I don't know what it is about them.
For some reason, I've been obsessed with error cards during my tenure as a collector.
Even after all this time, however, I have yet to come up with a concrete explanation as to why exactly that is.
Perhaps it's because they tend to stick out in my binders.
Perhaps it's the mystery of what exactly happened during the printing process that caused the slip-up.
Perhaps it's just the fact that we don't get to celebrate mistakes all that often in life.
I just can't figure it out.
Whatever the reason, though, error cards have become a big part of my interests over the years, especially since I decided to become a full-time low-end collector a few years ago.
They're a great example of the fun that can be had in this hobby without a massive budget.
I'd much rather have an quirky error card than one of those uber-high end prospect autographs. Screw-ups are the "mojo" for me.
A staggering array of different mistakes exist in this hobby. From the profane to the downright crazy, the possibilities are endless.
Take a look at the above card of simply "Aramis" if you don't believe me. I have yet to find another card like it.
I've already chronicled a few of my personal favorite "error" categories on this blog. It doesn't get much better than the infamous "player swaps" and "reverse negatives" for me.
However, there are a few other steadfast "types" of errors that I've seen pop up from time to time in my collection.
I'm by no means an expert on these things, but I've narrowed it down to a short list of somewhat common mistakes I've found in the wonderful world of error cards.
Please join me in celebrating some of the best screw-ups in baseball card history.
To be fair, these first "error types" are fairly rare in this hobby.
Since the existence of baseball cards, card companies have done a pretty nice job of spellchecking.
Surprisingly, every single Jarrod Saltalamacchia and Carl Yastrzemski card I own has the correct spelling on the front. It took me a couple years to learn how to spell either of those monstrosities properly.
For that, I give companies the utmost amount of credit.
However, I still can't help but notice this card of "Mickey Cochran" every time I dig through my Tigers binder. The people at Swell accidentally dropped the "e" from his last name.
For better or worse, it just sticks out.
Off the top of my head, the only other one of this sort I know of is the "Don Newcomb" Pacific Legends card in my Dodgers binder.
I'm still waiting for the day when Mark Rzepczynski receives his first "error" card.
I have great faith in the spellcheckers at Topps, but something tells me it's only a matter of time.
These next ones basically go hand-in-hand with the spellcheck slip-ups.
Given the absolute massive amount of stats that go onto baseball cards each year, it's only natural for a few minor typos to arise.
Some of them can sure make for a nice little chuckle, though.
Ironically, Donruss mistakenly noted that Bobby Bonds had hit 986 career homers on the back of his '81 issue.
I still have yet to find a copy of that one for my collection. The boring "corrected" version currently lies in my Cards binder.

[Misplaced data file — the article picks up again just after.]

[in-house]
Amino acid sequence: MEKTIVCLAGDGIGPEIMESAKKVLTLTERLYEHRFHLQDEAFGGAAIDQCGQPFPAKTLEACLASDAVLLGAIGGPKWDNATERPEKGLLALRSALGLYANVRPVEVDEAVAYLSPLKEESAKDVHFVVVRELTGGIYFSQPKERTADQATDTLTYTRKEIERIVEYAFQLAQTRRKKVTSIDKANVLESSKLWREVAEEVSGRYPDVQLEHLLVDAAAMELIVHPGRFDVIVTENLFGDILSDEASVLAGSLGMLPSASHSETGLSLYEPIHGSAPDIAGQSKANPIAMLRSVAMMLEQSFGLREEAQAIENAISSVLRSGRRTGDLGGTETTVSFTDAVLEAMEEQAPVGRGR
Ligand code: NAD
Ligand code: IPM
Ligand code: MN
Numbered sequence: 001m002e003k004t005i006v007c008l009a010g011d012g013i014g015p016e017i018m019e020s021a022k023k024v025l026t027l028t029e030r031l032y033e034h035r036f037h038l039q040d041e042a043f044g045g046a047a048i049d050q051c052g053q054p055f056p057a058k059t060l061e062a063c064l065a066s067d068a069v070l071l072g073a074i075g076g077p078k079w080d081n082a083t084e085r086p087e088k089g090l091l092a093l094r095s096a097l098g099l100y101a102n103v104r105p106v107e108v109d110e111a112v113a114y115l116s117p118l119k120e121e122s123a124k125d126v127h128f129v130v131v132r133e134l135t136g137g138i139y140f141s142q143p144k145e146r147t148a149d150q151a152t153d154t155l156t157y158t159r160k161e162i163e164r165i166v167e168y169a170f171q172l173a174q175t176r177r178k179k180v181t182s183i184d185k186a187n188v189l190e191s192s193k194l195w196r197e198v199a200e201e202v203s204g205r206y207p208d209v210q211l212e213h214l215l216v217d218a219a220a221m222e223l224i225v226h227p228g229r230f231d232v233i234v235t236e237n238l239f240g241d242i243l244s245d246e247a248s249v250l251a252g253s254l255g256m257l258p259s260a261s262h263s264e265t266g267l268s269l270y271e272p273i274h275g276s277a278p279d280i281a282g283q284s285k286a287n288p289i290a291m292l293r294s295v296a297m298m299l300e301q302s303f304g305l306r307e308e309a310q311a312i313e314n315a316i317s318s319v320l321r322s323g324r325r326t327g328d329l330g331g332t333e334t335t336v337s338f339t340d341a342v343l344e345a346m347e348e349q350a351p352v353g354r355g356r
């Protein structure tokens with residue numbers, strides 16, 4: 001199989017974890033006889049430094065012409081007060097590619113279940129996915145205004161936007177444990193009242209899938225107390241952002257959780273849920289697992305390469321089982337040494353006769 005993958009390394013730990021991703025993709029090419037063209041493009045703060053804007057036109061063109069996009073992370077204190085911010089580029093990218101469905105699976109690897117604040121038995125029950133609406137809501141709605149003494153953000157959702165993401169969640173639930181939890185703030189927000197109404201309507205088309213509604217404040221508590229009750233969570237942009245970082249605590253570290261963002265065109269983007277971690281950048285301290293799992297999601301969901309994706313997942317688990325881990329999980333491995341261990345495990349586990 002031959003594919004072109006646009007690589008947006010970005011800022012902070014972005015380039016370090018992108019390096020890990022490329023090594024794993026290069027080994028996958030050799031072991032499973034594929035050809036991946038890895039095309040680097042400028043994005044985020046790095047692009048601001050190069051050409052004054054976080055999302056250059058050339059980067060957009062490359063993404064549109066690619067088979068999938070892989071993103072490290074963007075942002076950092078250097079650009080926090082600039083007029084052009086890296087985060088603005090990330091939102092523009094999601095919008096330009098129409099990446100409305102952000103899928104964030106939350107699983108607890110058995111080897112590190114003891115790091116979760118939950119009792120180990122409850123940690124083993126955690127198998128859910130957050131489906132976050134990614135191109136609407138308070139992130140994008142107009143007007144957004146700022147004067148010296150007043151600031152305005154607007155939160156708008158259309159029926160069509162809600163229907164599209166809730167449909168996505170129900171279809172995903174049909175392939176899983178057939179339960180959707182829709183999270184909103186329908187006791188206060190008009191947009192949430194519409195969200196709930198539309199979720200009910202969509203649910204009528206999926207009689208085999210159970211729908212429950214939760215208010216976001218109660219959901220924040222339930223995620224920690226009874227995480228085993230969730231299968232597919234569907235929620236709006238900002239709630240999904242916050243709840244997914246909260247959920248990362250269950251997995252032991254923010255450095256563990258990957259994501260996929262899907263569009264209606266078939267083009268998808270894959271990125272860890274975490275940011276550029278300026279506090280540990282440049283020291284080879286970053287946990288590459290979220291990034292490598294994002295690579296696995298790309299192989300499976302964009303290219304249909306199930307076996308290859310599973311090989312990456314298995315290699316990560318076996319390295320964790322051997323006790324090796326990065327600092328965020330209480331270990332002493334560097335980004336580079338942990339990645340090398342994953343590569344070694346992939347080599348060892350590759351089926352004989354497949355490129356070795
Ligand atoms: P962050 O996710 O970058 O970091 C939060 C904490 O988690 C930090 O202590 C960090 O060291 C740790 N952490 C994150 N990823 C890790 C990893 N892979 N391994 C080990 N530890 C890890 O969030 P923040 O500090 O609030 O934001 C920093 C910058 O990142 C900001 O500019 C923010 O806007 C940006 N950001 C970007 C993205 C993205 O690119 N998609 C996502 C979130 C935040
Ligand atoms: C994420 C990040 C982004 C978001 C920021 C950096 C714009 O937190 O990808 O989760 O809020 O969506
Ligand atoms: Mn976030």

And, despite what this card would have you believe, Hoyt Wilhelm did not lose 70 games with the O's in 1962.
I just thought I'd quell that rumor right now.
Cards like this Mike Easler aren't "errors" in the conventional sense of the word.
Most people probably wouldn't give them a second look.
However, they can be quite the headache with my organizational process.
The positions on the front of cards are important to each of my binders. Within each team, I separate each player by the listed position.
Pitchers, catchers, first baseman...all the way down to the DHs and team cards.
Upon closer inspection, you can probably see why this one presents a bit of an issue for me.
The photo Topps chose for Easler's 1984 Topps Traded issue clearly shows him sporting a first baseman's mitt, yet lists him as a DH.
In my opinion, 100 percent of DH cards should show the guy actually hitting. Or at least just show him standing around or something.
Nothing with a glove.
I've had to create a special new "policy" to accommodate for these types of slip-ups.
In short, I look at the picture over the position.
Despite the "DH" label, this Easler goes under the "first baseman" section in my Red Sox binder.
No thanks to you, Topps.
If 1995 Fleer is the "LSD set", then these are the "acid errors".
I probably wouldn't stare at this card for too long.
You might start to see spots and pass out.
I'd always been fascinated by these wacky error types. Even though I have no idea who Dick Farrell is, I've had this one in my collection for what seems like forever.
However, until recently, I had no clue as to what caused them. I knew it was some sort of printing press screw-up, but I'd never looked into it.
Apparently, this is what happens when the color separation process goes awry.
If the all the blues, reds, yellows, and whatnots aren't perfectly aligned, this is what you get.
A character from a horror movie.
Believe me, I could go on and on about these things.
Starting an error-centered theme is still on the table for future considerations on this blog.
For now, though, I'm happy to give them their moment in the spotlight every now and again. They've certainly earned it.
I'm not lying when I call them the "wonderful world of errors".
It really is.
And no matter how hi-tech or machine-based card companies get, I'm sure they'll still pop up from time to time.
I couldn't be happier.
After all, they're some of the best parts of being a low-end collector.